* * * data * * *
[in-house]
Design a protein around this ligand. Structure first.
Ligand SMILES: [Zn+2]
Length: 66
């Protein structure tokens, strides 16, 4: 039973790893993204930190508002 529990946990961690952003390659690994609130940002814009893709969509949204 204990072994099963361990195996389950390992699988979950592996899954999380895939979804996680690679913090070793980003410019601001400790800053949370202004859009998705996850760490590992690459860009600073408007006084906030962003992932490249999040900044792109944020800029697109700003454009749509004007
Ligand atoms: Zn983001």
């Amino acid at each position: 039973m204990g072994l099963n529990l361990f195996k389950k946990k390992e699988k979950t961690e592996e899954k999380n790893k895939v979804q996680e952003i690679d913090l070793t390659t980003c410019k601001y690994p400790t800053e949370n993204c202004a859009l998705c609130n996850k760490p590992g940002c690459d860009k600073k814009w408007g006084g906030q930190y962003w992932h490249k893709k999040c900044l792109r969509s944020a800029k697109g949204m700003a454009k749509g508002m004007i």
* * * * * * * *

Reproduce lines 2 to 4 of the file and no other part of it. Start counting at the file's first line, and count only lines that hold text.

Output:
Design a protein around this ligand. Structure first.
Ligand SMILES: [Zn+2]
Length: 66